- do DClinPsy courses offer enough therapy training to provide this?
- does anyone else hope to be able to work remotely with psychology?!

Thank you!
Would you be paying to complete the doctorate in clinical psychology? If not, this is not an option as you would be expected to work in the NHS not travel about providing on-line therapy after funded training.

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mungle
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Re: Online therapy or remote psychology jobs

Post by mungle » Tue Apr 30, 2019 5:56 pm

I'd echo the posts above and suggest looking at becoming a CBT therapist - you'd get the BABCP accreditation and it seems like there are more places offering this online than other approaches.

GreenOlive
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Re: Online therapy or remote psychology jobs

Post by GreenOlive » Sat May 04, 2019 6:26 am

Being familiar with mental health services in different countries, it doesn‘t seem ethical to to me to offer therapy services as a digital nomad (although the idea is certainly very attractive from a lifestyle perspective). However, I could see how you may be able to offer video therapy within the country you live and are licensed in, since more people are interested in this form of therapy. Alternatively you may be able to offer other services online while travelling - I suspect this will depend on how long you see yourself travelling for.

First, you would also want to consider legal implications. For example, here in the US, therapy licensure is regulated by state and therapists can actually lose their license to practise if they offer therapy to a client outside of the state they are licensed in or abroad.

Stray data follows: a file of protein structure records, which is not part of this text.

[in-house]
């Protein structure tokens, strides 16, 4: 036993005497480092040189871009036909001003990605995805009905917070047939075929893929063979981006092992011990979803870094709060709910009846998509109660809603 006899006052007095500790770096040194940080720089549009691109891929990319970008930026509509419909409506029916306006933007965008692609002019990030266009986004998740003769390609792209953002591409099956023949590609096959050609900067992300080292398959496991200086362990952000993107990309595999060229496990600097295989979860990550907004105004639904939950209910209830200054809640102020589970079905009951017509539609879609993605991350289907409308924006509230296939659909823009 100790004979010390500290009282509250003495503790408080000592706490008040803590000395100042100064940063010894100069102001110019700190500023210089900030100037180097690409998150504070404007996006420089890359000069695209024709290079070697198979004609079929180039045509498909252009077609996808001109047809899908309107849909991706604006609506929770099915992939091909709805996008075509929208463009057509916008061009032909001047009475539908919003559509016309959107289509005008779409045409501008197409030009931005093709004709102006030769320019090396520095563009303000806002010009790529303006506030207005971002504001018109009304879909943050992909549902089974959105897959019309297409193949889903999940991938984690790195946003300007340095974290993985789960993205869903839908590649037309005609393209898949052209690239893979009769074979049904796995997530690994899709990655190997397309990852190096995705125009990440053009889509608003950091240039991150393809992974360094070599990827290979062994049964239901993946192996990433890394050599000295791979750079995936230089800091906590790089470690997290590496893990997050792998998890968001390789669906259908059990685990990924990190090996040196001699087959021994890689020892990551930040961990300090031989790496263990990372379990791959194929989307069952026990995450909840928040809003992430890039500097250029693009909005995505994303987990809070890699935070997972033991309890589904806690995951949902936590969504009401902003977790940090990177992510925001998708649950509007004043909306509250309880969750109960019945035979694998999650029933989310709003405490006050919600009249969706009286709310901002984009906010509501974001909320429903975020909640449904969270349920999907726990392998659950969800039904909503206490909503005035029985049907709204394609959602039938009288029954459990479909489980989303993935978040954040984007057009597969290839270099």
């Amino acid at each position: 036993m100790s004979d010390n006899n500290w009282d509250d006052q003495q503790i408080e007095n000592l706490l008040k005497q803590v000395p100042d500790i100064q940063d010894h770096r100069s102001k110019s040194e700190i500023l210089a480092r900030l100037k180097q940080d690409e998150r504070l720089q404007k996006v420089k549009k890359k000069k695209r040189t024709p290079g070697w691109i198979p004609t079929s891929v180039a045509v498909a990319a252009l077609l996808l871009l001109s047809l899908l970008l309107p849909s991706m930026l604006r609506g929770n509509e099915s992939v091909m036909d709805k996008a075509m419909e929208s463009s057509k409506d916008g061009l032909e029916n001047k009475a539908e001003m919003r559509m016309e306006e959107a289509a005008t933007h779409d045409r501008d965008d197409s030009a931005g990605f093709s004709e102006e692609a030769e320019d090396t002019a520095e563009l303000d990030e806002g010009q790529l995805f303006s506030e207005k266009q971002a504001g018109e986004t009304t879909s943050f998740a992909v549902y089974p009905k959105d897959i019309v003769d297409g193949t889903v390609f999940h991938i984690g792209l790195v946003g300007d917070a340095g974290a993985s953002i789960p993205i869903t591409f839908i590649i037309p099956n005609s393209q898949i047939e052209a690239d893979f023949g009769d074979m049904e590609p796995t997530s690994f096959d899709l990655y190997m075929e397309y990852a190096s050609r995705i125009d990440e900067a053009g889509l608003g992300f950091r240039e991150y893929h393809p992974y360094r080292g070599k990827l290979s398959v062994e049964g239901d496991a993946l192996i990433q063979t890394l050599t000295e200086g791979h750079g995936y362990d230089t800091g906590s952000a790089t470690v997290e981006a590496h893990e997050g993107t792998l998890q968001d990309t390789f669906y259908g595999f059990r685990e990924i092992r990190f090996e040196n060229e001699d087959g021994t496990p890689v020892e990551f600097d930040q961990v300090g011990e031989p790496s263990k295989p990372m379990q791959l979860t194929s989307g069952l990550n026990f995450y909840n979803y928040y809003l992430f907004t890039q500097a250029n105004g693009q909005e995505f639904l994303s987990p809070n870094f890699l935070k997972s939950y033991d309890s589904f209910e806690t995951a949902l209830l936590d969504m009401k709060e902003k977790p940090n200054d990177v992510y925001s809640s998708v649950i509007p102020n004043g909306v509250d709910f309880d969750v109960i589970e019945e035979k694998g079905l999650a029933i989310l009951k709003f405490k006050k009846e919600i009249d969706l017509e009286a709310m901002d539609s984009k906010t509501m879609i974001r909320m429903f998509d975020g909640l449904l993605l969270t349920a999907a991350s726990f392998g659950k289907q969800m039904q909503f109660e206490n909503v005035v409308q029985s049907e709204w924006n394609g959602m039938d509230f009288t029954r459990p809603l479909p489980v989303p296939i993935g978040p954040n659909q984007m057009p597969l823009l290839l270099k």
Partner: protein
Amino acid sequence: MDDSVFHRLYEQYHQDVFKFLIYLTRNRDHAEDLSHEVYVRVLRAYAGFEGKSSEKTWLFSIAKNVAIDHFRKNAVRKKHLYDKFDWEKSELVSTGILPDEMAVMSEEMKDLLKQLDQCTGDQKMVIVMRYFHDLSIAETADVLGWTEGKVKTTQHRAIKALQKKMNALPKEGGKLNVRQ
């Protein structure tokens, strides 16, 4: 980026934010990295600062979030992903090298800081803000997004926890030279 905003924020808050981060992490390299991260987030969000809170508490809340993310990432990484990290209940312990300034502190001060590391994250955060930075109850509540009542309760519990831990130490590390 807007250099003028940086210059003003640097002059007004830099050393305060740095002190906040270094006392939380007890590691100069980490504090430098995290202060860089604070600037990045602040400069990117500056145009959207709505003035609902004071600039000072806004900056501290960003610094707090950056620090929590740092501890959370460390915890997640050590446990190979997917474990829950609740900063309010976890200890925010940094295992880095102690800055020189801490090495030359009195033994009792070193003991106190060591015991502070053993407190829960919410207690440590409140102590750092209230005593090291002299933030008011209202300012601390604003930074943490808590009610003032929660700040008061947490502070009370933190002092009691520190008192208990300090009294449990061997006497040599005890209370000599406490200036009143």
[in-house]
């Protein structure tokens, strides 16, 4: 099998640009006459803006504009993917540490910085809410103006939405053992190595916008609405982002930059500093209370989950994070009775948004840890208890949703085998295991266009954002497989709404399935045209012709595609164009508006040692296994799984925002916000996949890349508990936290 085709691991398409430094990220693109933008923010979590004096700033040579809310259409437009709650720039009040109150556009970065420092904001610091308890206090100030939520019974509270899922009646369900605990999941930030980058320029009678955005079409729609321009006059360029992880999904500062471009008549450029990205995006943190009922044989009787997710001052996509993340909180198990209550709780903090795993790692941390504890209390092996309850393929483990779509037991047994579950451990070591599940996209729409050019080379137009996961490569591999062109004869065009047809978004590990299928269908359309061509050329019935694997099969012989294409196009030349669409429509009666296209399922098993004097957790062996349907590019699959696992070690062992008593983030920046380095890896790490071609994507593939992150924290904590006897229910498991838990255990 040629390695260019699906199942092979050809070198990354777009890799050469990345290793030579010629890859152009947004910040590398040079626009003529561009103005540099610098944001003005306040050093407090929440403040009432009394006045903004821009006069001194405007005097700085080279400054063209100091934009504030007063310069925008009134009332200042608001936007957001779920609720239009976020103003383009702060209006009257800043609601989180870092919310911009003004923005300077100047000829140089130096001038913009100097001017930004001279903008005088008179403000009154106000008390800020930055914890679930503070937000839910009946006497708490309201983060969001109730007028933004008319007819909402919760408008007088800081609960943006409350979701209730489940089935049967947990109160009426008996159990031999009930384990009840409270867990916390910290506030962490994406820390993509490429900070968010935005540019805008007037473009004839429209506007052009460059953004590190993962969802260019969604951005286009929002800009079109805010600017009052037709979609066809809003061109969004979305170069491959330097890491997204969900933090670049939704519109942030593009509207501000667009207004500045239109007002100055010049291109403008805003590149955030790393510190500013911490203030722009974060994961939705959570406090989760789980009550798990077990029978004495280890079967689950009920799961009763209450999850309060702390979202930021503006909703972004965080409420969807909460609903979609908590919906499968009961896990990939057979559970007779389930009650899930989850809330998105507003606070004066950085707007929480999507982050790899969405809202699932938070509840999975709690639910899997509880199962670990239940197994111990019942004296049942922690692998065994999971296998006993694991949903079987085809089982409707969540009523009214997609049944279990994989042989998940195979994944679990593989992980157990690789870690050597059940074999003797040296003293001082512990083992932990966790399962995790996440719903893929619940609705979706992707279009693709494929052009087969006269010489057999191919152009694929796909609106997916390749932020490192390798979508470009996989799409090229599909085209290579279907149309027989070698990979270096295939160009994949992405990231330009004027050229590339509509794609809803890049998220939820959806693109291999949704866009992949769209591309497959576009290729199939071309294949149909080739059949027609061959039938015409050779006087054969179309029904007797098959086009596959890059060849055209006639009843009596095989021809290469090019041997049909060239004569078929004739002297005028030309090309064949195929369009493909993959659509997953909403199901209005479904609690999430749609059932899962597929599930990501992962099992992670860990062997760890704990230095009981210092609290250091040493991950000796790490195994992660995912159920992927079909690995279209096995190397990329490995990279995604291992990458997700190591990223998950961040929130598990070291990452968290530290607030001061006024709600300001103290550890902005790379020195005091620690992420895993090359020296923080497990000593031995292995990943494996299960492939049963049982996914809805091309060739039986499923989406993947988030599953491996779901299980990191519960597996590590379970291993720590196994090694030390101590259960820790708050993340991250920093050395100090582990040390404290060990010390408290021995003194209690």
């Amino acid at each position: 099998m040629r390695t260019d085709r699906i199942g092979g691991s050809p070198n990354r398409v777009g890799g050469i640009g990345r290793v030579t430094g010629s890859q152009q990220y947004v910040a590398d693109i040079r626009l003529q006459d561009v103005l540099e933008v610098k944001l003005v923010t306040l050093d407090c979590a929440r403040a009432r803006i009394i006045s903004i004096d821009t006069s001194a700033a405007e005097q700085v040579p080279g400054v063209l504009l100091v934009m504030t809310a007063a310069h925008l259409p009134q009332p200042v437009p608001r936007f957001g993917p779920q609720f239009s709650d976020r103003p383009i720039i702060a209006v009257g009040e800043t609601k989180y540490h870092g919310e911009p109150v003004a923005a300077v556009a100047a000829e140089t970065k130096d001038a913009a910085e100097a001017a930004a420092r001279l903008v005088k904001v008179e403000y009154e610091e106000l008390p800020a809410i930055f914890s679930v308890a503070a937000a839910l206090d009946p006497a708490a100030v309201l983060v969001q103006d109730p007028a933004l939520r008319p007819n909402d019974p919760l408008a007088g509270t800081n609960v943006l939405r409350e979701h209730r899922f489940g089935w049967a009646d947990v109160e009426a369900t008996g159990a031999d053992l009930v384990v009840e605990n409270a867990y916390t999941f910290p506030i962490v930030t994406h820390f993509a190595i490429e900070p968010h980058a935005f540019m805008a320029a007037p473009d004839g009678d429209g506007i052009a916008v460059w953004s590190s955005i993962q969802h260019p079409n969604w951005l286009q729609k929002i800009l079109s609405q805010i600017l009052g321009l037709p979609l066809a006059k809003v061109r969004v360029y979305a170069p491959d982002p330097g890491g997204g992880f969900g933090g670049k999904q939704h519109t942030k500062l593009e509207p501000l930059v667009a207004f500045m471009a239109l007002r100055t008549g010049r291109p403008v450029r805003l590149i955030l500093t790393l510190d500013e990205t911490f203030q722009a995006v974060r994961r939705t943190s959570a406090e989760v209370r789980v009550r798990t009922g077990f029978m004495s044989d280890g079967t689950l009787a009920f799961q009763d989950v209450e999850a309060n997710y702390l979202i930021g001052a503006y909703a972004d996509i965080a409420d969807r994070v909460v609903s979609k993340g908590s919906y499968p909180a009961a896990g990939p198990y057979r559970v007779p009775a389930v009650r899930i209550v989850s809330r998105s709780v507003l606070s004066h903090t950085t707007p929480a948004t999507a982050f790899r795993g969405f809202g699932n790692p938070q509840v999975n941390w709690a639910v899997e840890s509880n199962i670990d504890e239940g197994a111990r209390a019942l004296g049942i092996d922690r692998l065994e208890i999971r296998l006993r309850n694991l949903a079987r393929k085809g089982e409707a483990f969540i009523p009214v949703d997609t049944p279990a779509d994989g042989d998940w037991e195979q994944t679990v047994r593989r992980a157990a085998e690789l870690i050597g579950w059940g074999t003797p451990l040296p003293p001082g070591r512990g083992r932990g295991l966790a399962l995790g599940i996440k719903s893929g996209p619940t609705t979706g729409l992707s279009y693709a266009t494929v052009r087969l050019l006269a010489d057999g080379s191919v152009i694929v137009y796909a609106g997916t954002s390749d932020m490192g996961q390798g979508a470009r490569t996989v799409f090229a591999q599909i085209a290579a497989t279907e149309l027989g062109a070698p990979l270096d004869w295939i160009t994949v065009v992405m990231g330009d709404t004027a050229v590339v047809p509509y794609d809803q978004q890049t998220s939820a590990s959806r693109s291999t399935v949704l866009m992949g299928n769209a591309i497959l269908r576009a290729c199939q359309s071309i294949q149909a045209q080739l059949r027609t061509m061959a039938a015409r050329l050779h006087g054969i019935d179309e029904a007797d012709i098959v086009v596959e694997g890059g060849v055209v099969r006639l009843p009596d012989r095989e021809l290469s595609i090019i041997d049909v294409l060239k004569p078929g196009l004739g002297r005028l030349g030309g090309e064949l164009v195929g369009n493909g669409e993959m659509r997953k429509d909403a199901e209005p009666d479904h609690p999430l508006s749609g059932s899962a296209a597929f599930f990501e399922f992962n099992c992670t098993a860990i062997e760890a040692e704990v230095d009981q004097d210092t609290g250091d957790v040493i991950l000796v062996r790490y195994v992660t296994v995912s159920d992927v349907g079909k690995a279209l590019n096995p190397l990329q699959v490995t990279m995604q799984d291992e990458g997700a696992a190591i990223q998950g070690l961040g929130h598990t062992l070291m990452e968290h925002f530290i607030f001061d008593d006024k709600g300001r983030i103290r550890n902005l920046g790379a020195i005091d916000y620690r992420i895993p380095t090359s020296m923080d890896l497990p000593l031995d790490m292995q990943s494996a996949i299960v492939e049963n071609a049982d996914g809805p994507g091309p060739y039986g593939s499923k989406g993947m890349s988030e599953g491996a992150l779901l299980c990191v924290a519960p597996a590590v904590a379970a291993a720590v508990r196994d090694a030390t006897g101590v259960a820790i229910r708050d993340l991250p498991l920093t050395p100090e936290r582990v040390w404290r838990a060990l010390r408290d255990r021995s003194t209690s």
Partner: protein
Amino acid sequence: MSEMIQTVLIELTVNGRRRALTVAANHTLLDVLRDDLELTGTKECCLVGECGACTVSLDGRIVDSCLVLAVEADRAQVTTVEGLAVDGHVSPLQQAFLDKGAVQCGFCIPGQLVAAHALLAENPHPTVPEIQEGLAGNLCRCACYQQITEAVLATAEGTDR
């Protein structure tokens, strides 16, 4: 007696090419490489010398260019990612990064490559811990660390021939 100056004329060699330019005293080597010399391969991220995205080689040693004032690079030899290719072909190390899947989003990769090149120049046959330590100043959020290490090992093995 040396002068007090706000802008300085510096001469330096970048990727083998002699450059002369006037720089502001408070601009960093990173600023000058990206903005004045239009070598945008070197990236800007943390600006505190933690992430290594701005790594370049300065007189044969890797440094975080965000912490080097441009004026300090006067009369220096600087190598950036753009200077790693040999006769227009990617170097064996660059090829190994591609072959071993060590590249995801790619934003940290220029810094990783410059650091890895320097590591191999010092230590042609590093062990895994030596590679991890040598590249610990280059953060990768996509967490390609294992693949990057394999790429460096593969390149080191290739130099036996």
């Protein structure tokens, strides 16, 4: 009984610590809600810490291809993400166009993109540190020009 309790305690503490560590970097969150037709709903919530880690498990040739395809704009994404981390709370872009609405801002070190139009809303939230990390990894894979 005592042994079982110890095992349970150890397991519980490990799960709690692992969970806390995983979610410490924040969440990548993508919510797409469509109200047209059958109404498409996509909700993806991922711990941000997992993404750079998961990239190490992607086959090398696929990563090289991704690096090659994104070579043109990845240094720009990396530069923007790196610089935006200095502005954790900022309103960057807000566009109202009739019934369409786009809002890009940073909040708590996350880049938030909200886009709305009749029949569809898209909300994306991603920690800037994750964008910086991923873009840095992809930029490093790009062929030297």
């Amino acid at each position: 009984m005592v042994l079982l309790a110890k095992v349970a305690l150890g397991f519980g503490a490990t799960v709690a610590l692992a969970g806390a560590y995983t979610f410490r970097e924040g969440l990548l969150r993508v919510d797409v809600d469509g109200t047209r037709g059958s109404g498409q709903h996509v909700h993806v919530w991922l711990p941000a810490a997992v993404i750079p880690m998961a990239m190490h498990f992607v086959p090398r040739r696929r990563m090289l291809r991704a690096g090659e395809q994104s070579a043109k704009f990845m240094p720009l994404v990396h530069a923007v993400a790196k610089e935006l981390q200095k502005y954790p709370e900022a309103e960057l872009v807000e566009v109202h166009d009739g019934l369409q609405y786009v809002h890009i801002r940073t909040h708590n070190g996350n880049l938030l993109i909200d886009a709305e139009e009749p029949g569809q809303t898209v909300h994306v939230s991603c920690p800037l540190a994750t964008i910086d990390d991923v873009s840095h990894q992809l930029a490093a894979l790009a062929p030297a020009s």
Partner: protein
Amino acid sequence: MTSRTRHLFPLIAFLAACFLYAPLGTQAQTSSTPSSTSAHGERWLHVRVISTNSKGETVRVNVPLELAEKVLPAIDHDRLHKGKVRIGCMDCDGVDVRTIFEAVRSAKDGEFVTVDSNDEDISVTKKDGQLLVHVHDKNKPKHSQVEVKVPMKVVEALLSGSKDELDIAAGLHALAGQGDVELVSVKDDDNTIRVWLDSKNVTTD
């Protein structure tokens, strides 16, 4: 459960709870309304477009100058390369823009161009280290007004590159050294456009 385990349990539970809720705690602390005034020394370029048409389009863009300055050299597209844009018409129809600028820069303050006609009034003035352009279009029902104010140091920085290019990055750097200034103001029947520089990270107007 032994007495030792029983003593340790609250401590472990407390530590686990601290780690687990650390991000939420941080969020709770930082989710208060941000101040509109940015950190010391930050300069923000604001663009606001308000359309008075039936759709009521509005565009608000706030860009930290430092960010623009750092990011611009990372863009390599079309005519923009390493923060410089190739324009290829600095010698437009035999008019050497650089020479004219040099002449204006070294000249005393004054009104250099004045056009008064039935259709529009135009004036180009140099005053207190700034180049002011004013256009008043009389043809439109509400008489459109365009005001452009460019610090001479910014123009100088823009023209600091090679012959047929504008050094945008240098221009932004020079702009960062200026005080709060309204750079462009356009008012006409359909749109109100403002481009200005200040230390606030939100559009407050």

Things to consider:
- If you were travelling and working with clients with mental health issues from across the globe, would you honestly be able to offer the support the client needs? What type of issues could you focus on? How would you learn about their culture?
- What if the client’s needs become more severe? Past negative experiences in therapy can have a major impact on people‘s willingness to seek support and you may find yourself in a situation where you‘re unable to offer the client the appropriate support.
-Would you be satisfied only working with mild conditions? How would you screen for this?
- if you work with mild conditions, bear in mind that issues such as suicidal ideation, self-harm and Eating issues may still come up. These issues are common but mean that providing effective therapy remotely may be a challenge.
- What if you needed to refer the client to another service or specialist? Being in the community helps with referrals and signposting.
-How would you handle emergency situations? How would you help a client access a psychiatric evaluation in a different country/health care system?

If you‘re interested in working with clients remotely, I would suggest looking into coaching as it doesn‘t focus on mental health but on other common areas that people
want to work on (relationships, career, communication).

My understanding is that there is an International Coaching Certificate that would allow you to work with clients all over the world. In practice, you may still get to work on some common issues that therapists would treat with CBT such as worry, stress etc. but you could be clear that there are limitations to the the type of care you could offer.

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miriam
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Re: Online therapy or remote psychology jobs

Post by miriam » Sat May 04, 2019 11:51 pm

I just wanted to say Greenolive's post above is spot on. There are clearly going to be enormous challenges if any risk issues come up and you are unfamiliar with services in the place the client is living. It is quite enough of an issue for people in the NHS, and a huge challenge if you are independent, let alone if you don't even know the geography, the rules and responses to child protection or vulnerable adults or the way services are funded. There may well also be challenges in keeping up with professional registration, supervision and CPD outside of traditional structures.
Miriam